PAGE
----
Vocal Delights

Published on 26 May 2015

Why are a cappella groups all the rage now? Pitch-perfect professionals in the Singapore scene share their views.


There may have been a time when a cappella was considered the domain of old-fashioned, nerdy choristers. But with groups like Grammy-winning American quintet Pentatonix shooting to superstardom and filling venues with sold-out concerts around the world, it sounds like a cappella has struck a chord with today’s mainstream audiences.

Translated from the Italian, a cappella refers to “the style of the church/chapel” as this form of vocal music — sans instrumental accompaniment — had its origins in Jewish and Christian sacred music. Think Gregorian chants.

From its monophonic (single-melody) beginnings to harmonies (multiple voices singing different parts together) to using voices to emulate instruments, a cappella has worked its way into many genres of music. In modern times, the most recognisable forms of a cappella are gospel choirs, doo-wop and barbershop quartets. Who hasn’t heard the cheerfully infectious 1950s hit ‘Mr Sandman’ given the a cappella treatment?

Today, pop, jazz and R&B have all been infused with a cappella singing, with more adventurous use of voice such as beatboxing and vocal percussion layering the harmonies. Singers are also experimenting with more sounds and ways to better emulate the sound of instruments.

Pitch-perfect Pentatonix The US group has a huge fan base worldwide (over 900 million cumulative YouTube views and counting), and helped raised the profile of a cappella by winning a Grammy earlier this year.


Many of us may sing in the shower or wow family and friends at karaoke sessions, but would baulk at singing in an a cappella group. And there’s a good reason why. It takes more than just a good voice and lack of tone-deafness to form a credible a cappella choir. Chua Hui Lian of veteran homegrown a cappella ensemble Key Elements elaborates, “It also takes good hearing and knowledge of keys, scales and chords, which translates to the ability to harmonise.” There can’t be any divas in the group either. “Another important skill is the ability to adjust the timbre of your voice so it blends with the other members in the ensemble,” says Chua.

Moreover, other more specialised skills are called for. “A good arranger makes a great difference, and vocal percussion is a whole different skill set,” says Simone Khoo of local six-member  a cappella outfit Vocaluptuous. For the uninitiated, a vocal percussionist uses his/her voice to approximate the sounds of a percussion instrument.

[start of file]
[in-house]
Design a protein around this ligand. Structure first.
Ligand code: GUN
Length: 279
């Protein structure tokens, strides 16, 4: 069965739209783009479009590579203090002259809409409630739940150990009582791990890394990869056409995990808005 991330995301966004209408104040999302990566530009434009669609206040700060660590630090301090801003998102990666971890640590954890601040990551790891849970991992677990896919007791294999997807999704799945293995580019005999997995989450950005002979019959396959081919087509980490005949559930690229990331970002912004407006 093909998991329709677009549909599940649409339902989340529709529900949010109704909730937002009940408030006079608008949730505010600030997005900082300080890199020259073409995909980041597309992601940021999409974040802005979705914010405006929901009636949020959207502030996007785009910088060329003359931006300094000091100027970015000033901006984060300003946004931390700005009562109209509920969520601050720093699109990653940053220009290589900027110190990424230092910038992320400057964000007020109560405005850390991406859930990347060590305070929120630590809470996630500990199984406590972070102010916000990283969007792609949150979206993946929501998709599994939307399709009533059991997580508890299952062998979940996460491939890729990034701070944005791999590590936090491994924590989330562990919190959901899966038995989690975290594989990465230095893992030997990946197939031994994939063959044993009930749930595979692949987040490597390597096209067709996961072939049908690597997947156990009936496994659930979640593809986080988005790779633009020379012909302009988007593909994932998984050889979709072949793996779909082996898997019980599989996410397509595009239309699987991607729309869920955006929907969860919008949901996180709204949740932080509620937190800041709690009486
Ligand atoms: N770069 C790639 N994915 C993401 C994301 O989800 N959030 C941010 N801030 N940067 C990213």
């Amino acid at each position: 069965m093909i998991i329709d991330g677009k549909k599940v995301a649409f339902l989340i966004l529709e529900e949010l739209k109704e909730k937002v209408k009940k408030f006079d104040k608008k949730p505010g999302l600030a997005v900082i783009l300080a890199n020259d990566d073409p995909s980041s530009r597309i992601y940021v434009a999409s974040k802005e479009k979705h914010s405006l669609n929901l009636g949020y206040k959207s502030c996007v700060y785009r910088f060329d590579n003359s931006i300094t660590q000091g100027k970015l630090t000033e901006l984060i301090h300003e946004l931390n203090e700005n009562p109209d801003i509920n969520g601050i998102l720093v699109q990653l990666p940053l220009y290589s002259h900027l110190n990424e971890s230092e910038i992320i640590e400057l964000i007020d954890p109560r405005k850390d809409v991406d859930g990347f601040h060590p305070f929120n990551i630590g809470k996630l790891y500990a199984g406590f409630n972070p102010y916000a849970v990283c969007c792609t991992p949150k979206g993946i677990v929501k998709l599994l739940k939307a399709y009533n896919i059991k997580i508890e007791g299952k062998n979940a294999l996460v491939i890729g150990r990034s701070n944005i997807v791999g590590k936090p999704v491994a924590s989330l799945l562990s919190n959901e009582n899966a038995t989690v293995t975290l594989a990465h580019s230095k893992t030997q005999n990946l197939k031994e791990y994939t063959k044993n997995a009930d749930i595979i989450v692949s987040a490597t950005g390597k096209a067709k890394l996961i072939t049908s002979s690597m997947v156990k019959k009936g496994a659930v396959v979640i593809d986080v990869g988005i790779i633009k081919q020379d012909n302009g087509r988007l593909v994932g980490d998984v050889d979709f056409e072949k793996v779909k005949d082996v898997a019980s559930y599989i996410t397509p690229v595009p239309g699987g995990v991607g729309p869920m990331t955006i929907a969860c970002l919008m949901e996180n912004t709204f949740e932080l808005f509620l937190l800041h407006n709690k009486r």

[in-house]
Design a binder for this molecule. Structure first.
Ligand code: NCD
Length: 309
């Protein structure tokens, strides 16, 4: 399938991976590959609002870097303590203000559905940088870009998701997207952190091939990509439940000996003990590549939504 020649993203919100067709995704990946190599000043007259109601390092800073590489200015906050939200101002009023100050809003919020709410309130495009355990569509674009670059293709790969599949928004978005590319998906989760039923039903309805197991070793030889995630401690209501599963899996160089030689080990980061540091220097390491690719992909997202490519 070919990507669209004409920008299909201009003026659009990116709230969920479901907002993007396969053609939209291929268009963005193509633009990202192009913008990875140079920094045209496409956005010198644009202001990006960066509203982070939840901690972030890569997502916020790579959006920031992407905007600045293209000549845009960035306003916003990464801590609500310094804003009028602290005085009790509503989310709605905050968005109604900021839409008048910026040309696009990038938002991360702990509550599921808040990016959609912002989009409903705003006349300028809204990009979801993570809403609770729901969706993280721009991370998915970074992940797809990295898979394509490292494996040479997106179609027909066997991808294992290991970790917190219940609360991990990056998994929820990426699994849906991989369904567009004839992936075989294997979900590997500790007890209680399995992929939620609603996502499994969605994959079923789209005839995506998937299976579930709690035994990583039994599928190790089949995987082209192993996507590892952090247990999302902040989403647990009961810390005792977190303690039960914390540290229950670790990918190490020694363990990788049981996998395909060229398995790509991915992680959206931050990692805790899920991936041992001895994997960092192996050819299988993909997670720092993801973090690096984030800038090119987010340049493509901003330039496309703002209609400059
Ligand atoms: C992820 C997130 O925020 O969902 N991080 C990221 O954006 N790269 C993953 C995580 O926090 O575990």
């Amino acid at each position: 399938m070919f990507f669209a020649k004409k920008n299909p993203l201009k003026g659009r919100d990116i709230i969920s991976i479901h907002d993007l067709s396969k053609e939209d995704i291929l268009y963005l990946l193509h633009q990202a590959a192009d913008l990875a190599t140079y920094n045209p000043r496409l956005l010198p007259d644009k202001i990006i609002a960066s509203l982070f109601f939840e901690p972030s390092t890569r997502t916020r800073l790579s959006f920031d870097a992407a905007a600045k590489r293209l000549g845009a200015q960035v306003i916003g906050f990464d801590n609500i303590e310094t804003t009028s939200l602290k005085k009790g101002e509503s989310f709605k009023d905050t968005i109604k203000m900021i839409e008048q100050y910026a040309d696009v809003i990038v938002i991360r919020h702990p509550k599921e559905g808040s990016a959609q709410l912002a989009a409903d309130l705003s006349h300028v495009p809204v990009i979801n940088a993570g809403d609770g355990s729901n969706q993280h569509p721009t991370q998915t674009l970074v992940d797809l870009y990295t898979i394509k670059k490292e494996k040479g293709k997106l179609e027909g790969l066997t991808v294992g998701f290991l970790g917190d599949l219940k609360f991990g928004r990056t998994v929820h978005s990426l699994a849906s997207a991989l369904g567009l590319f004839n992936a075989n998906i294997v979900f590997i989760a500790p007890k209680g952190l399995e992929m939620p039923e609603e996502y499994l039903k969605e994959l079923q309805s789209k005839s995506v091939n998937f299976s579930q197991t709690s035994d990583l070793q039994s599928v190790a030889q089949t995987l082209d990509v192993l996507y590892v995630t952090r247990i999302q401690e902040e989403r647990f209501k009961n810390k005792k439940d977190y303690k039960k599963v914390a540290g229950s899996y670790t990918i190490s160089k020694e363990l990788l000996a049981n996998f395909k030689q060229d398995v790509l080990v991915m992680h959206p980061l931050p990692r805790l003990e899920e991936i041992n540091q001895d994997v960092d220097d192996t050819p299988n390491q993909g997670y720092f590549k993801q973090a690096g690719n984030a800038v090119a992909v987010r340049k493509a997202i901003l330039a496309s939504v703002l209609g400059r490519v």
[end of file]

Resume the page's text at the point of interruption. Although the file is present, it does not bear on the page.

In Singapore, as in other parts of the world, there are many collegiate a cappella groups, but like many other budding musicians, few make it to performing professionally after their student days. The high skill-set and time commitment required for rehearsals are common barriers to entry.

Difficulties aside, there has been a steady rise in the popularity of a cappella groups here. Vocaluptuous and Key Elements have been gaining visibility over the years, so have newcomers, the energetic MICappella, who have gone full-time. Typically, a successful a cappella group in Singapore will release an album (or albums), perform to appreciative audiences at venues like The Esplanade and Botanic Gardens, and be engaged for private events like singing at corporate functions or weddings and anniversaries.

What has nudged a cappella into the spotlight? The biggest influence is the media. The success of American high-school TV series Glee has exposed this generation of audiences to alternatives beyond the more common pop and rap styles of vocal performance. Moreover, US talent show The Sing-Off has helped to hugely popularise a cappella.

Social media is certainly another major player. YouTube alone has made the careers of numerous artists, including Pentatonix. The Internet has made a cappella accessible to an ever-growing number of people, and with the jaw-dropping singing chops of talents visible on cyberspace, it’s inevitable that fan bases would grow exponentially.

On their part, the a cappella groups are also adapting to the tastes of today’s audiences. Covers of popular pop and rock songs range from convincing to clever to transformational, and audiences can hear their favourite tunes reinvented in delightful new ways. Think you and your harmony-loving buddies can be the next top voices in a cappella? Set up that webcam and get started already!

Pentatonix perform 1 June at The Star Theatre. If you want to win tickets to catch them live, head over to our contest page

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